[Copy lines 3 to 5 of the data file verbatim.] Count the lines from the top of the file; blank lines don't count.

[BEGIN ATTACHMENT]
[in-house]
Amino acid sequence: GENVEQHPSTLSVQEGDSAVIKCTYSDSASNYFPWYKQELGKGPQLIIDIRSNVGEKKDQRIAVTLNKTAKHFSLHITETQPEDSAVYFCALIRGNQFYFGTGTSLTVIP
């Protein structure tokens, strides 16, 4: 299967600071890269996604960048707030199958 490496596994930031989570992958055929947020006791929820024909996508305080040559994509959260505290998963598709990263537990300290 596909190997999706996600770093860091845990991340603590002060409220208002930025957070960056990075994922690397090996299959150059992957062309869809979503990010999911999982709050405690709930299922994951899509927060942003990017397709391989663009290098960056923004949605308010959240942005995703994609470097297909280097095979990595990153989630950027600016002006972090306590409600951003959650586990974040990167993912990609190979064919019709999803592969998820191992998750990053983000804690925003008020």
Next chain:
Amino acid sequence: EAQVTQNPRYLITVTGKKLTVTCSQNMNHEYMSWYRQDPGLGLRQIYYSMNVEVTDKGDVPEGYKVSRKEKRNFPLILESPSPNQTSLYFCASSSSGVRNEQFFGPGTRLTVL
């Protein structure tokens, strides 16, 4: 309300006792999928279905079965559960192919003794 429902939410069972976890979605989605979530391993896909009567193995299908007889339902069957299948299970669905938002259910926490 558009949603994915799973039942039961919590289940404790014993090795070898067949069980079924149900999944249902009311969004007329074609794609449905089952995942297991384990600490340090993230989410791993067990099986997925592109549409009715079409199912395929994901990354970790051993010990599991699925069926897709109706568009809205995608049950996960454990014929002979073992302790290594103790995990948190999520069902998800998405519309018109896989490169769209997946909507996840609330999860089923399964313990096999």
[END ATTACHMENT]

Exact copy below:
């Protein structure tokens, strides 16, 4: 299967600071890269996604960048707030199958 490496596994930031989570992958055929947020006791929820024909996508305080040559994509959260505290998963598709990263537990300290 596909190997999706996600770093860091845990991340603590002060409220208002930025957070960056990075994922690397090996299959150059992957062309869809979503990010999911999982709050405690709930299922994951899509927060942003990017397709391989663009290098960056923004949605308010959240942005995703994609470097297909280097095979990595990153989630950027600016002006972090306590409600951003959650586990974040990167993912990609190979064919019709999803592969998820191992998750990053983000804690925003008020």
Next chain:
Amino acid sequence: EAQVTQNPRYLITVTGKKLTVTCSQNMNHEYMSWYRQDPGLGLRQIYYSMNVEVTDKGDVPEGYKVSRKEKRNFPLILESPSPNQTSLYFCASSSSGVRNEQFFGPGTRLTVL